january 15
Discover Stars on Ice: Kristi Yamaguchi, Scott Hamilton, Ekaterina Gordeeva, Kurt Browning, Katarina Witt, Paul Wylie, Brian Orser and other superstars of the thermally challenged set take the ice, under the direction of Sandra Bezic and Michael Seibert, at 7:30 p.m. Thursday, January 15, at America West Arena, 201 East Jefferson. Tickets are $40 and $30, available at the arena and Dillard's; ($2 will be donated to the Make-A-Wish Foundation of Central and Southern Arizona for each ticket purchase made with a Discover card). 379-7800 or 503-5555.

january 16
MLK Commemorations: In honor of Martin Luther King Jr. Day on Monday, January 19, lots of activities are planned around the Valley. Examples: The annual Phoenix MLK Breakfast will be held from 7 to 9:30 a.m. Friday, January 16, at Phoenix Symphony Hall, 225 East Adams, and on Civic Plaza Deck. This year's theme is "Community Spirit: Giving the Gift of You." Tickets, available at the Phoenix Civic Plaza Box Office and at Dillard's, are $35 each. (262-7272, 503-5555.) An "International Cultural Education Faire," featuring ethnic and cultural displays from all over the world, follows the breakfast on the Plaza Deck; admission to the faire is free. A candlelight ceremony at 6:30 p.m. Sunday, January 18, at Symphony Hall is likewise free. Tempe's Essential Theatre performs an evening of improvisational "playback theatre" called Stories of Struggle in honor of Dr. King at 8 p.m. Saturday, January 17, at Phoenix College's John Paul Theatre, 1202 West Thomas. Tickets are $12. (897-6711.) Arizona State University West, 4701 West Thunderbird in Glendale, hosts a variety of free events beginning with a campus march on Tuesday, January 20--which includes a re-creation of the "I Have a Dream" speech, delivered by faculty member Charles St. Clair--and continuing through Friday, January 23; call 543-3421 for other events.

Merle Haggard: Known as the "Okie From Muskogee"--though actually born to an Okie family in Bakersfield, California--Haggard is one of the true legends of country music. He did time in San Quentin for attempted burglary, was inspired to perform professionally when he saw Johnny Cash play there, and was later pardoned by then-governor Ronald Reagan. Although his signature tune has become a right-wing anthem, it is said to have been intended ironically--it suffered much the same fate that later befell Springsteen's "Born in the USA." In any case, it's only one of the many great songs of this redoubtable honky-tonk man, who will take the stage at 7:30 p.m. Friday, January 16, at the Celebrity Theatre, 440 North 32nd Street. Scotty Freel and the Lickety Split Band opens. Tickets are $22.25 and $35, available at the theatre or at Dillard's. 267-1600, 503-5555.

Bebe Miller Company: This dancer and choreographer, who made a hit with Gammage Auditorium audiences when she soloed there two years ago, returns to that venue with her racially and ethnically mixed troupe at 8 p.m. Friday, January 16, at Mill and Apache in Tempe. Tickets, available at Gammage box office or at Dillard's, are $12, $18 and $24. But dance buffs for whose blood that's too rich have a cool alternative: From noon to 1 p.m., you can bring a brown-bag lunch to Gammage and watch Miller's company rehearse, gratis. 965-3434, 503-5555.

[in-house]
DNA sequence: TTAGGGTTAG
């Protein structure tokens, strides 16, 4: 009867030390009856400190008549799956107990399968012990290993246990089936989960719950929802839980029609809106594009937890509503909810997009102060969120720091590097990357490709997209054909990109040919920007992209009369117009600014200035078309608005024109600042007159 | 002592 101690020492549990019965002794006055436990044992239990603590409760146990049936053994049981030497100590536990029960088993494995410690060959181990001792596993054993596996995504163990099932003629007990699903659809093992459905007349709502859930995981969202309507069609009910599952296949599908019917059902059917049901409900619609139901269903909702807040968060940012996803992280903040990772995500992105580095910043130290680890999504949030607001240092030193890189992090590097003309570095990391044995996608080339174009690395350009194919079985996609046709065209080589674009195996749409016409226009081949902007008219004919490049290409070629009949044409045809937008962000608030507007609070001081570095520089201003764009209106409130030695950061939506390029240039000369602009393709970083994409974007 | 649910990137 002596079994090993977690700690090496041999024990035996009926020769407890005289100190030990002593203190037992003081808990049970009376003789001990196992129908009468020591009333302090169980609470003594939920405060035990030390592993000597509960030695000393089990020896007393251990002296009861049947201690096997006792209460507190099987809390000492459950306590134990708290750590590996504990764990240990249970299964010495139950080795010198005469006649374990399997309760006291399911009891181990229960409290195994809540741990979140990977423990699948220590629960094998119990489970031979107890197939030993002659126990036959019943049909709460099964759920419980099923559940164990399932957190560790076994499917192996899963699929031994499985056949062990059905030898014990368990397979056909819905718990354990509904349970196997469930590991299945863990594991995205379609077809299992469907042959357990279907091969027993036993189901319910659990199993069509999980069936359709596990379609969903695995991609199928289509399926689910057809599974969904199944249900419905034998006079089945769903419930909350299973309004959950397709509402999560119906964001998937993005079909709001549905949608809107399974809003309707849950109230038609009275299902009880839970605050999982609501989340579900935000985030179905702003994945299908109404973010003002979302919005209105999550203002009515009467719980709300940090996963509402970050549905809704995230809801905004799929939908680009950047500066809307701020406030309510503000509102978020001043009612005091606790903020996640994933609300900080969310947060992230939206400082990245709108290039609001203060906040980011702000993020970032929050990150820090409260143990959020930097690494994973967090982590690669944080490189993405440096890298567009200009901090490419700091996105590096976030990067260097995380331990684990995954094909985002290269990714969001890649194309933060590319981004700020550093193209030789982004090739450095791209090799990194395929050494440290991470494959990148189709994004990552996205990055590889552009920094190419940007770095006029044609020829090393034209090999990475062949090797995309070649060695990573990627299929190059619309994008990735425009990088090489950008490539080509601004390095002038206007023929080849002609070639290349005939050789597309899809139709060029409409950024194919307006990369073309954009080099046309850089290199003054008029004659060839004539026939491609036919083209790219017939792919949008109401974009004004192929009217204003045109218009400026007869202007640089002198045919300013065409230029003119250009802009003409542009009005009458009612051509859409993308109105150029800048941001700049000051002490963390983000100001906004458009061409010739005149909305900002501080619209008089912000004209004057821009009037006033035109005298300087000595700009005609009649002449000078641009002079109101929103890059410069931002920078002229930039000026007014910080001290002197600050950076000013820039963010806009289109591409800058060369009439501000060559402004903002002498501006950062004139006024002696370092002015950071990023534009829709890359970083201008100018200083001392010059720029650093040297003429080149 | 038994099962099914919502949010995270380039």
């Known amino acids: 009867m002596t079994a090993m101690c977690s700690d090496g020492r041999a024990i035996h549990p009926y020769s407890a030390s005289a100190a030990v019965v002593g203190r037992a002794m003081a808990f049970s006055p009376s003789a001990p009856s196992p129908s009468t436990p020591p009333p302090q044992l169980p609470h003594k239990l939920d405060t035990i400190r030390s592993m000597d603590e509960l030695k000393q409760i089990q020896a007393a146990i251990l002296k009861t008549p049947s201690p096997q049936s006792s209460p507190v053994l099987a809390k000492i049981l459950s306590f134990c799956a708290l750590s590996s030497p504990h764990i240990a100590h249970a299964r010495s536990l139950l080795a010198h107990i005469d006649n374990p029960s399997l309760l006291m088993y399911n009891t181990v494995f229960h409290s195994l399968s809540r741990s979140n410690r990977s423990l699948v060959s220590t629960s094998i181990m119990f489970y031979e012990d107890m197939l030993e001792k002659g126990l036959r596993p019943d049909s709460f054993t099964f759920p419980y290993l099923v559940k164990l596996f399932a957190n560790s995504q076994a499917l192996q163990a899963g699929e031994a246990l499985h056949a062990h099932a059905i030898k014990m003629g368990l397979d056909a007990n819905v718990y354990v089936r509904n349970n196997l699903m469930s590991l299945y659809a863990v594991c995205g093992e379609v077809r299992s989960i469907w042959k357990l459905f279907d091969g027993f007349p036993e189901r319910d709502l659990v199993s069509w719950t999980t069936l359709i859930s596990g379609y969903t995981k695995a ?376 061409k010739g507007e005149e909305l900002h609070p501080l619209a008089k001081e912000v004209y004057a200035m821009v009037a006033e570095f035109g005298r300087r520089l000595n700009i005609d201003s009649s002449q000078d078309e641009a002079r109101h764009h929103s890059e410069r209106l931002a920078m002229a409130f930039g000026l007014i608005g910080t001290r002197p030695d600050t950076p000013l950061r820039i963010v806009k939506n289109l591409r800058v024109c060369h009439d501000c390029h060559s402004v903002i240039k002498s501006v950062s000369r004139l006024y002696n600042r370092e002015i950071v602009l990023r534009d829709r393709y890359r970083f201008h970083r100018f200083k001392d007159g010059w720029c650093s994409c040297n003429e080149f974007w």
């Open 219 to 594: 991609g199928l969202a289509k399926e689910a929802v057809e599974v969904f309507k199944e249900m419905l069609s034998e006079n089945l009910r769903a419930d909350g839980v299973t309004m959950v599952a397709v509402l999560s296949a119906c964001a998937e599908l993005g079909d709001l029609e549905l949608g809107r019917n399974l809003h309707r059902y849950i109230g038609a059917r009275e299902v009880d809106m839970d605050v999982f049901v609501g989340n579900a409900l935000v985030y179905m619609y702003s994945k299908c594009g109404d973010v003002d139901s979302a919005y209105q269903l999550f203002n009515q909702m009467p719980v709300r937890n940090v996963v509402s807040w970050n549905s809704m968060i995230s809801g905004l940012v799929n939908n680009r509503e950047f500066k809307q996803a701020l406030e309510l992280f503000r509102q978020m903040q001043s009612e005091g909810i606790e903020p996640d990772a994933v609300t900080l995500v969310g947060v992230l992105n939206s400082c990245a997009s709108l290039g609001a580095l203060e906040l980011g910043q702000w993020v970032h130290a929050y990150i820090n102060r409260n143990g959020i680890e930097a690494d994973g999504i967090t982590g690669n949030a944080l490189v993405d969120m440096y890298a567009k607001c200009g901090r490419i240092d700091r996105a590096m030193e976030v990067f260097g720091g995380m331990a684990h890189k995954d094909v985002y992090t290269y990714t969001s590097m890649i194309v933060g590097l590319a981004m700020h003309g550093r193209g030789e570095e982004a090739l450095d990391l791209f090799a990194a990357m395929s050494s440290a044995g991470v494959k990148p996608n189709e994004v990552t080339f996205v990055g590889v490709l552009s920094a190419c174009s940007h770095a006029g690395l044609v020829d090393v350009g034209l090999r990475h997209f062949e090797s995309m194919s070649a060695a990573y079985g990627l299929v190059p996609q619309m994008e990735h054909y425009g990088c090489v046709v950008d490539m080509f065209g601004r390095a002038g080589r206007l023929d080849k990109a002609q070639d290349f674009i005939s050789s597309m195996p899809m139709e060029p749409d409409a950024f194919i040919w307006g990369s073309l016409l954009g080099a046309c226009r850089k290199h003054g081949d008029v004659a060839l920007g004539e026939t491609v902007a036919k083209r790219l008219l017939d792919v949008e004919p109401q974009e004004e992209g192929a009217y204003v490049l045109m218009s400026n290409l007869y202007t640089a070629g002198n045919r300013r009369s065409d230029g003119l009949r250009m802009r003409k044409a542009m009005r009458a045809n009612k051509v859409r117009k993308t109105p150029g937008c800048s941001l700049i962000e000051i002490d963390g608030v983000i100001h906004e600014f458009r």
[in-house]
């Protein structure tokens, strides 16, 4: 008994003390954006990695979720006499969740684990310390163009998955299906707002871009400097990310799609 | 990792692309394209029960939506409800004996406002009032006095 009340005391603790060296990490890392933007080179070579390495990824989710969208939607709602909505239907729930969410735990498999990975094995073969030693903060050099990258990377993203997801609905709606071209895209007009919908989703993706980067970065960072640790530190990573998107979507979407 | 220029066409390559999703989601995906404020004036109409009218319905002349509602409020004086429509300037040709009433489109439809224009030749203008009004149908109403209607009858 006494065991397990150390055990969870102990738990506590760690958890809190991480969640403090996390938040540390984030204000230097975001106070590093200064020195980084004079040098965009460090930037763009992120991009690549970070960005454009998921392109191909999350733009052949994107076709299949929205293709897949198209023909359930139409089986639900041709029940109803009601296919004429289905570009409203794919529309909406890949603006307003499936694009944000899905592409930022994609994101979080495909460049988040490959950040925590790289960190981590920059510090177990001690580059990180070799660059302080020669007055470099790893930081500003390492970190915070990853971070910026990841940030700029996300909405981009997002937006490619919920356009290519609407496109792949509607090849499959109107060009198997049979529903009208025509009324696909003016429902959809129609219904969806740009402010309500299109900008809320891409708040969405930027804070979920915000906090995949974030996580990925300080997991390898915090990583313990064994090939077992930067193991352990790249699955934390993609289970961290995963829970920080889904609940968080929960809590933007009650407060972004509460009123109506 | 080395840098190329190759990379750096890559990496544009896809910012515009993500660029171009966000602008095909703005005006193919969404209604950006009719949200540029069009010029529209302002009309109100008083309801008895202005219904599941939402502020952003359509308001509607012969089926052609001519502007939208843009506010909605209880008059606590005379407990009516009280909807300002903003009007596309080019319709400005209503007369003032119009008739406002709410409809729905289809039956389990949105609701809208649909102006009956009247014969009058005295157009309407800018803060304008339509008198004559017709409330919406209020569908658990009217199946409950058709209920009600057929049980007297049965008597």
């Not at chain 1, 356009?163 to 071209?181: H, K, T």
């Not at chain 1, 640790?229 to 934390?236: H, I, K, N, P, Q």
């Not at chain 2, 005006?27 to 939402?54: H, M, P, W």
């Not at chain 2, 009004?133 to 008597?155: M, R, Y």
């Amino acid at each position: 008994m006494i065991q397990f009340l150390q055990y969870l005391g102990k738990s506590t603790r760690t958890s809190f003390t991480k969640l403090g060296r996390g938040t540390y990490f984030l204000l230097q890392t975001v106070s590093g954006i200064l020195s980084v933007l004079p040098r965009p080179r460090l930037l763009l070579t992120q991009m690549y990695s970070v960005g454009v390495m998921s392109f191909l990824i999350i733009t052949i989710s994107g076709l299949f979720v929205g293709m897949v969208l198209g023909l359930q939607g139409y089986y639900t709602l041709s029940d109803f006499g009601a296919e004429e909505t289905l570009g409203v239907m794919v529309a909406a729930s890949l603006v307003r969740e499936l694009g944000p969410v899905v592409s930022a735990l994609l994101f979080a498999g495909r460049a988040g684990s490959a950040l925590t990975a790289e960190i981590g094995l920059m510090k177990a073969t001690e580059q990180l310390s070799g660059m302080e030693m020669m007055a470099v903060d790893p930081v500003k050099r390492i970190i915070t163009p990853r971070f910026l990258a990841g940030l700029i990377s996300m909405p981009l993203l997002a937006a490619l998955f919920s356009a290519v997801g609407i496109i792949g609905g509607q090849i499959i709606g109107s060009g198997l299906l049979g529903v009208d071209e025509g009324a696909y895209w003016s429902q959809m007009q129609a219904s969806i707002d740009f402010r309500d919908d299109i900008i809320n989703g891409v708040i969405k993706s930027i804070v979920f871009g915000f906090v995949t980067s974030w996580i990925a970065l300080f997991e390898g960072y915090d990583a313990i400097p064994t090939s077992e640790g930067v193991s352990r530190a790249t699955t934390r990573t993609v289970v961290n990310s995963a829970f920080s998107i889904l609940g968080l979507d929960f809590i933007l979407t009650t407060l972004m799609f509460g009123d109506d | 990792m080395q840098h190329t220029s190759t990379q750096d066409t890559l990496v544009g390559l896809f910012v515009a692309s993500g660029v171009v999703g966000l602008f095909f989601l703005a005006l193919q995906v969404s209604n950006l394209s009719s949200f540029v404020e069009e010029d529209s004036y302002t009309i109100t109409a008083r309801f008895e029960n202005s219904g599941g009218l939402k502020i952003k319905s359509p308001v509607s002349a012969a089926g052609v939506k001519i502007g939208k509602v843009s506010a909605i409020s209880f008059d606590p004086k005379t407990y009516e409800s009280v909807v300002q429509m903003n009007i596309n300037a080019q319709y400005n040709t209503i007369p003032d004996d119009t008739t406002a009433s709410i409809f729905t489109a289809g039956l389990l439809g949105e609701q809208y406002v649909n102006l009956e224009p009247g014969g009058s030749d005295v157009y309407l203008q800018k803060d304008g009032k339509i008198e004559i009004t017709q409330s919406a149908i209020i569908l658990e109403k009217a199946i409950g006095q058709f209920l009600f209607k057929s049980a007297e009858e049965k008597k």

Paul Galbraith: This world-renowned Brit strums classical (Bach, Brahms, Haydn, Schubert) on an ax of his own design. Inspired by the Renaissance instrument known as the Orphereon, Galbraith's guitar has eight strings on a slanting bridge, allowing for greater range and sound quality. He's also added an acoustical box for the guitar to rest on while he plays it vertically, almost like a cello. Both the instrument and the player have won effusive praise from the likes of the Guardian, London's Sunday Times and Classical Guitar Magazine, which called Galbraith "the best guitarist of his generation." He takes the stage at 8 p.m. Friday, January 16, at Kerr Cultural Center, 6110 North Scottsdale Road in Scottsdale. Tickets, available at the Kerr box office or at Dillard's, are $13 or $15. There's also a "Coffee at Kerr" at 10:30 that morning, at which Galbraith will discuss and demonstrate his techniques over morning refreshments; this event is free, but reservations are required. 965-5377, 503-5555.

The Harry James Orchestra: The late maestro's band plays on with this show, immodestly but perhaps not unjustly called a "Big Band Salute to the Music That Won World War II." Conductor Fred Radke leads the gang in "Sleepy Lagoon," "I Had the Craziest Dream," "It's Been a Long, Long Time," "Atchison, Topeka and Santa Fe" and that great ode to unquestioning optimism, "Accentuate the Positive," which, out of the wartime context, sounded so oddly sinister as the theme of the film L.A. Confidential. Vocalists will include the Lancers, and Marilyn King of the King Sisters. There are two performances, at two different venues: first at 8 p.m. Friday, January 16, at Chandler Center for the Arts, 250 North Arizona Avenue, then at 2 p.m. Sunday, January 18, at the Sundome, 19403 R.H. Johnson Boulevard in Sun City West. Tickets are $16, $26 and $32 for the Chandler show, $11, $18 and $20 at the Sundome. 786-2680 (Chandler Center), 975-1900 (the 'dome), 503-5555 (Dillard's).

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M.V. Moorhead
Contact: M.V. Moorhead